Berlin, Germany, January 22, 2014 --(PR.com
)-- From January 22-25, 2014 the World Leaders will gather in Davos, CH, as they have been doing each year for more than three decades. SensoMotoric Instruments (SMI; www.smivision.com) will be there to present eye tracking as a key technology which drives industry transformation – especially when used in combination with brain response data. Decision making, the related information processing and human-machine-interaction are being transformed by better understanding and real time usage of visual attention, emotions and brain information processing.
In a unique on-site eye tracking experiment with world leaders conducted in Davos, SMI will demonstrate how eye tracking reveals the underlying factors of information retrieval. How these insights can be used to improve decision making, inform policy-making and strategy will be explained by Olivier Oullier, professor of Behavioral and Brain Sciences at Aix-Marseille University (France) and also a Young Global Leader of the World Economic Forum. He will lead the experiment all week long and, on January 23rd, he will present results from an innovative worldwide lab and on site study he conducted for the World Economic Forum and his partners. Key insights on sustainable consumption were investigated and compared across countries thanks to the unique mobility afforded by the combination of SMI Eye Tracking Glasses 2,0 (ETG) in combination with Emotiv's EPOC brain response technology.
Follow their updates on davos.smivision.com and via #EyeBrainDavos on Twitter and come and experience this revolutionary technology.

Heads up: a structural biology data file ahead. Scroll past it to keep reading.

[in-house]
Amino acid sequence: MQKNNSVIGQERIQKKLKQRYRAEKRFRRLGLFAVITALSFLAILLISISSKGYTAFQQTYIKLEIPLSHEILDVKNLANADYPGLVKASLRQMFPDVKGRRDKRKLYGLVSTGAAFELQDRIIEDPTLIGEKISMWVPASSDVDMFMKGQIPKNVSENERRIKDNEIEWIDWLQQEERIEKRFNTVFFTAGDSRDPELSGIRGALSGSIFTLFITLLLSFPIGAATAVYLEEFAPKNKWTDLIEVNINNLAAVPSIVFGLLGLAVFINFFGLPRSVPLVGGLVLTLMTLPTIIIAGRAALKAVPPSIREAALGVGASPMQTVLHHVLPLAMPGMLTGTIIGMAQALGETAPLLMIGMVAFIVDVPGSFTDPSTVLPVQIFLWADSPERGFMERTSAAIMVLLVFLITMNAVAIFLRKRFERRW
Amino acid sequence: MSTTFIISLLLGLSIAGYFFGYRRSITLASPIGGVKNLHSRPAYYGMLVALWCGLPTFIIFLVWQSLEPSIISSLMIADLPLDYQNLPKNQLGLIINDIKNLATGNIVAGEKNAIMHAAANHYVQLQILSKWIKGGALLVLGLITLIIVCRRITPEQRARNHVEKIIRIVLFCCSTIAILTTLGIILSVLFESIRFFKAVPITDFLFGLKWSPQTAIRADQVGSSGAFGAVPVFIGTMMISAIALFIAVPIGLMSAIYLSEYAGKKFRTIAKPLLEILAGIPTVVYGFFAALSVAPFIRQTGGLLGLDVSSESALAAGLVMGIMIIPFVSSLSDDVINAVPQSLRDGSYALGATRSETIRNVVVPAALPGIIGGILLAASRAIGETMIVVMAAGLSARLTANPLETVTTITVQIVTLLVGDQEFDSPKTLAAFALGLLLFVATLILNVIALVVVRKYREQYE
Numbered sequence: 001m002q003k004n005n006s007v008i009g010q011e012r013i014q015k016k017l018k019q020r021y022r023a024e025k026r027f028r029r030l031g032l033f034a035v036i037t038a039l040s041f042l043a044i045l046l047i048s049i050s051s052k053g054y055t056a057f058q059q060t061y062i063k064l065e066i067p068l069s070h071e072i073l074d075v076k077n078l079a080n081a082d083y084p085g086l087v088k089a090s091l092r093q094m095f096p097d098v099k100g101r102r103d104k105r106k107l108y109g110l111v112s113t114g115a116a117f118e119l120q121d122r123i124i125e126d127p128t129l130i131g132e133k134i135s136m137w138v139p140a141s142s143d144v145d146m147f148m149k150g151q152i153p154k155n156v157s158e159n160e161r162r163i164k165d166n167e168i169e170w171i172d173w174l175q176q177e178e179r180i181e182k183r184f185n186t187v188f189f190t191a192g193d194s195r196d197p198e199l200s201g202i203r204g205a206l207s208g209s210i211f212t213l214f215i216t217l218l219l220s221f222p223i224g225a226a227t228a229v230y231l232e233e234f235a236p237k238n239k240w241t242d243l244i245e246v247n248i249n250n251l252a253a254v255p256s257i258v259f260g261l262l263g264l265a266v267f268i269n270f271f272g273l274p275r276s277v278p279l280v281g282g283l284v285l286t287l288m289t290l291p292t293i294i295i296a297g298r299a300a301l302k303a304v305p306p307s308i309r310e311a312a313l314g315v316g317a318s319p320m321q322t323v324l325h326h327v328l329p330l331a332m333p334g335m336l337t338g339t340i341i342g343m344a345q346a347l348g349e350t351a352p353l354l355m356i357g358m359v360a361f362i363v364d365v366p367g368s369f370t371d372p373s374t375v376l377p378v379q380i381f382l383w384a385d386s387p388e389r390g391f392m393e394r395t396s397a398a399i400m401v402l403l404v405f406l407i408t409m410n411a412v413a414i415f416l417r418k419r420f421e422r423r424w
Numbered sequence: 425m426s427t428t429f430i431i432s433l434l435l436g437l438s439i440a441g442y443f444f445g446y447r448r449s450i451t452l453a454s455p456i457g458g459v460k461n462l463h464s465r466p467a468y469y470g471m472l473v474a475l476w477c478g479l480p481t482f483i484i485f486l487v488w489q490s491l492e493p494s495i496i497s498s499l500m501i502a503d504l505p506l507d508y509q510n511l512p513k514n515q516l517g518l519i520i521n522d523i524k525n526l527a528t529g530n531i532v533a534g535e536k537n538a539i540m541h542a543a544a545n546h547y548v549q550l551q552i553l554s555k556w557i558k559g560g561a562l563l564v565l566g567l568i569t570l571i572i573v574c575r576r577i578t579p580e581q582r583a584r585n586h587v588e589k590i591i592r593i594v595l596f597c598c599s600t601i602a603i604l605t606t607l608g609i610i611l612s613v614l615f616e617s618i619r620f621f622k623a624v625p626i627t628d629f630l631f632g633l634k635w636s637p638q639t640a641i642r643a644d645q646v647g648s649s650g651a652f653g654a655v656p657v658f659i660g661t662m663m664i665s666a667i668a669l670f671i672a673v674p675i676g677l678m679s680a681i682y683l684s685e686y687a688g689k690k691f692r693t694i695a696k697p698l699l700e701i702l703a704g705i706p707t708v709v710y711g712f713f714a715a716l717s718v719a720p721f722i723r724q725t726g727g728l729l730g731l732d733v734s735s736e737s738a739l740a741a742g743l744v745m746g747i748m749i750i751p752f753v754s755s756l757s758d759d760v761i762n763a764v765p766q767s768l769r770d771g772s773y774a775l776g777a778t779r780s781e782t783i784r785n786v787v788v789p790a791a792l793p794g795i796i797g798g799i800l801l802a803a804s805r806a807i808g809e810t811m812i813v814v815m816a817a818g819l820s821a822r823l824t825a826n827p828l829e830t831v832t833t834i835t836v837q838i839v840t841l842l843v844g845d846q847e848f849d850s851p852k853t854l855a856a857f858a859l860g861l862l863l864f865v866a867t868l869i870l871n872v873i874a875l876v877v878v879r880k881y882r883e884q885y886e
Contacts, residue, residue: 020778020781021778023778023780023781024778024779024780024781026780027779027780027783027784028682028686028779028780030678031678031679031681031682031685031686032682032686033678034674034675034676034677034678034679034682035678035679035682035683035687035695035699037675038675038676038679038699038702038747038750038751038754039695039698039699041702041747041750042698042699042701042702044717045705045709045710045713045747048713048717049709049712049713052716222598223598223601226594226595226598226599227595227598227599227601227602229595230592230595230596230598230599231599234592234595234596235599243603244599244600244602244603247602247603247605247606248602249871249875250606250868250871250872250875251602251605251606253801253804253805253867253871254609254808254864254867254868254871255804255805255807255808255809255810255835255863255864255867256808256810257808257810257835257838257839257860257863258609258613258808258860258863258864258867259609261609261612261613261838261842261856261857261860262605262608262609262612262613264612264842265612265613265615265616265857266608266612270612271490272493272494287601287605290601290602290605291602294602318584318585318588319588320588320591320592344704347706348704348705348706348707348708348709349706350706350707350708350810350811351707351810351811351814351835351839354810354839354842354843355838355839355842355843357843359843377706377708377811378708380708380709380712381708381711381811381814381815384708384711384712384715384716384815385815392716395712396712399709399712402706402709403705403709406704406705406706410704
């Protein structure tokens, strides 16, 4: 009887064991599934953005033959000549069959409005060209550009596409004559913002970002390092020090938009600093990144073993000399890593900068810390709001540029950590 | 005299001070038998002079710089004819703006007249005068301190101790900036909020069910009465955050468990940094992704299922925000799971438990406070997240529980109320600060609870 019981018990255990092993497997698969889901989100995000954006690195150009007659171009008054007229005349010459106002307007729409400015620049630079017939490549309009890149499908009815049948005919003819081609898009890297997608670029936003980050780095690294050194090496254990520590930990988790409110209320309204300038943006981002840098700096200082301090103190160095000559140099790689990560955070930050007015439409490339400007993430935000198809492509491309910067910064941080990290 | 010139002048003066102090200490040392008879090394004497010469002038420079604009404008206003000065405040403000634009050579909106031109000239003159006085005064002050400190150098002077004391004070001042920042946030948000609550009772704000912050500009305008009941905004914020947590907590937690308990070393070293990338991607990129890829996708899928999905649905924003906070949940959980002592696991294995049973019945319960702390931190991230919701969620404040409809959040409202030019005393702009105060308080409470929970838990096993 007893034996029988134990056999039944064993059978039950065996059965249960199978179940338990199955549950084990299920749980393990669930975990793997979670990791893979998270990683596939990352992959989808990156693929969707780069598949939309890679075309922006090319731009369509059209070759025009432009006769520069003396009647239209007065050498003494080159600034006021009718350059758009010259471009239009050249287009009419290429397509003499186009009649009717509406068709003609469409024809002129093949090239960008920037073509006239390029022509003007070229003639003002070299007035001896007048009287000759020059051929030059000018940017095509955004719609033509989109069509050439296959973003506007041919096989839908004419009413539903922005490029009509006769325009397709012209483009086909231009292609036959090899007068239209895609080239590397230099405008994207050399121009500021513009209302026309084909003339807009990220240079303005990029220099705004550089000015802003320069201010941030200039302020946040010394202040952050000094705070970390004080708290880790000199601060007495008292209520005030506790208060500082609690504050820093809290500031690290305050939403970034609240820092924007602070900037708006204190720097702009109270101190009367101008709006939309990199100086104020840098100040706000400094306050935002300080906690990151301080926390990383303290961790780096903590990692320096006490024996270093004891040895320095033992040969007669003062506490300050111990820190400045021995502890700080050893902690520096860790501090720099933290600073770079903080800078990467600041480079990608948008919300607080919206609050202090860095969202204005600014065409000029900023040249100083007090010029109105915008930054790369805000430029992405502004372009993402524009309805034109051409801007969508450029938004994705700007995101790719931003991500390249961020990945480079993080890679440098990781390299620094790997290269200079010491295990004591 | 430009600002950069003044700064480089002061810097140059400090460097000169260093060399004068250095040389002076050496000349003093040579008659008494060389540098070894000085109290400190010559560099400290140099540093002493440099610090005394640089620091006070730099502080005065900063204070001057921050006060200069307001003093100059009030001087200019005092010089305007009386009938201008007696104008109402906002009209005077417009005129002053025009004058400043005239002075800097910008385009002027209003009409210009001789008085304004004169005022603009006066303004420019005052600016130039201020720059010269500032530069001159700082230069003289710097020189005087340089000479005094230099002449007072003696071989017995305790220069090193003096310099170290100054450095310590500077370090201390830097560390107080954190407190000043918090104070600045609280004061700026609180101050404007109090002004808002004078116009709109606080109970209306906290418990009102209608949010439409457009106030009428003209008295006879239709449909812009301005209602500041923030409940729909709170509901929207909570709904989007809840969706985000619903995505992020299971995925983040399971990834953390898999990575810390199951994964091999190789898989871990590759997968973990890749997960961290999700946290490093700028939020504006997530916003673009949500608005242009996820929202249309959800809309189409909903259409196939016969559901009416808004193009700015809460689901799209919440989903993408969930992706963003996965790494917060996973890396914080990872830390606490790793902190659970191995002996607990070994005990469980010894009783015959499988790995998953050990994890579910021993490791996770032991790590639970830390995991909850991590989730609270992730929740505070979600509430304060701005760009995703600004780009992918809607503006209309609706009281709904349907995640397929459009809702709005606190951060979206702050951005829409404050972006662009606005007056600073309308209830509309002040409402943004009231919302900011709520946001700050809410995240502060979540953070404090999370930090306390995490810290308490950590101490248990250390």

Eye tracking has evolved rapidly in the last years – from a niche scientific lab technology to a standard analytical tool used to understand the human mind and to a key component in vertical applications. Currently, eye tracking has also captured the imagination of many as a possible next major interaction method to control games, computers, smartphones, TVs, cars and other devices and applications. SensoMotoric Instruments is a leading market player who shapes new applications of eye tracking with game-changing technological advances such as the SMI Eye Tracking Glasses 2.0 mobile eye tracker that only requires a smartphone to collect data or the SMI RED-n remote eye tracking technology for OEM integration.
Olivier Oullier, professor of Behavioral and Brain Sciences at Aix-Marseille University: “The portable solution afforded by the combination of SMI Eye Tracking Glasses 2.0 together with Emotiv’s brain response EPOC headset allows to measure human behavior in various environments where it was impossible to collect this kind of combined data until recently. Eye tracking reveals underlying reasons for people’s decisions and actions that are not accessible with methods based on self-reports such as surveys, polls or focus groups that are highly limited and biased. Together with neuroscientific data it provides unprecedented insights to understand how individuals make decisions and helps organizations improve their efficiency in domains ranging from business to policy making. Among the research we conduct(ed), we use this technology to investigate food behavior, sustainable consumption, trading, safety procedures in transportation and production environments and to help NGOs achieve social and behavior change as well as private and public organizations to design efficient evidence-informed strategies.”
Eberhard Schmidt, Managing Director, SensoMotoric Instruments: “Eye tracking provides unique insights into human emotions and decision making based on decades of scientific research. Furthermore it will be changing the way people interact with computers as significantly as mouse, touch technology and speech recognition did. Mass market implementation of course requires robust solutions and innovative suppliers that understand the needs of the user across the evolving applications. SMI has an unparalleled track record in technical and market innovation with leading partners around the world. We are set to bring to the user the full potential of gaze based interaction and to continue to facilitate cutting edge research into human behavior and decision making.”